It took years and hitting some real lows to realize just how toxic my relationship was and deranged I had become. Even though I was getting promoted with small pay bumps and overall making a good salary for my age, I wasn’t earning the dollars for the extra blood sweat and tears that I was putting in. The “reward” for doing well was getting more work, more clients, bigger projects. I was working like a dog for someone else’s dream.

It started to take its toll on me and my health was deteriorating. I tried to quite smoking on more than one occasion but would cave once the stress at work became high, finding myself on cigarette breaks with my co-workers to take the edge off. The lack of sleep, drinking culture and occasional pop of Adderall to boost my productivity was only perpetuating the serious anxiety issues that were starting to surface.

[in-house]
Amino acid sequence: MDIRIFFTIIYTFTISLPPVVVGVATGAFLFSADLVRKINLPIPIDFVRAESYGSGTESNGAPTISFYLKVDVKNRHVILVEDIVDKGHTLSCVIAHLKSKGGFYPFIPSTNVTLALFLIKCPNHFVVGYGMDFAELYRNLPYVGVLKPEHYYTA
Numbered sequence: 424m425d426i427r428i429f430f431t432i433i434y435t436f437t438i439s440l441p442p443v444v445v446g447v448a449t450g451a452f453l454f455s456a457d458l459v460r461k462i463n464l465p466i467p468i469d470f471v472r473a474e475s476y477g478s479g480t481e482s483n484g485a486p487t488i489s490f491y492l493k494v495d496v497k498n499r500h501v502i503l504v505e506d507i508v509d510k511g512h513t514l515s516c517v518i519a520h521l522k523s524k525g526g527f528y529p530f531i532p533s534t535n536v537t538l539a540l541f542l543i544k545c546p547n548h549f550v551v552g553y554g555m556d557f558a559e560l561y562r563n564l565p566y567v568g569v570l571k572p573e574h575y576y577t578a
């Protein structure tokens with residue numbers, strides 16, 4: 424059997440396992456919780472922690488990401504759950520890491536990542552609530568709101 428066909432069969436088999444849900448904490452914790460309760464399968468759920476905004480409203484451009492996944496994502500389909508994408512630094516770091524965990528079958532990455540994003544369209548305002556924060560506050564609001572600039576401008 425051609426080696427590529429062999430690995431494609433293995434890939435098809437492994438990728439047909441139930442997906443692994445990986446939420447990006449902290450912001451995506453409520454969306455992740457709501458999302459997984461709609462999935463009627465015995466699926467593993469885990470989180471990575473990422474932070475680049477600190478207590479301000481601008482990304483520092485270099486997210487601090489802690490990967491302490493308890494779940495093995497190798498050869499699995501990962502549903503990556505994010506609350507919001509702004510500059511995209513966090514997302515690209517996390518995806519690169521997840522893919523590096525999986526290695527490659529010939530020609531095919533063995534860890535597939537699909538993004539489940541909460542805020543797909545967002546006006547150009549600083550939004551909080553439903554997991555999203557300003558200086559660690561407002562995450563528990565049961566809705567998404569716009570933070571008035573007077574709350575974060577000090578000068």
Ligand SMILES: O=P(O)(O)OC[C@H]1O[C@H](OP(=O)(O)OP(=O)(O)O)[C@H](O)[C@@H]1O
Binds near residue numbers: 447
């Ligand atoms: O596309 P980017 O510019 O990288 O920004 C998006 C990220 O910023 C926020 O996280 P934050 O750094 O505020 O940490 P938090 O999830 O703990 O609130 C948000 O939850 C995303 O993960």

I finally woke up and got clarity, I could hear myself screaming get out of this abusive relationship now! In hindsight that voice had started manifesting long ago, I just didn’t want to listen. There was a part of me that had crystalized this as success in my mind because I had been so proud of my mom, but another part of me that had always defied this as success because I saw what it did to her and our family. I could see how much my mother sacrificed for her career that in the end didn’t leave her fulfilled. She loved what she did, true loved it and was spectacular at it but the obscene workload and company politics ruined the joy she once had and eventually crushed her spirit.

I was always the one who had the dream of being an entrepreneur, of helping people, of using my creativity. Where had it gone? There was some real cognitive dissonance going on. I glorified and detested the same definition I had of success. I can see now how it was a constant battle within myself, a war I didn’t even realize was going on.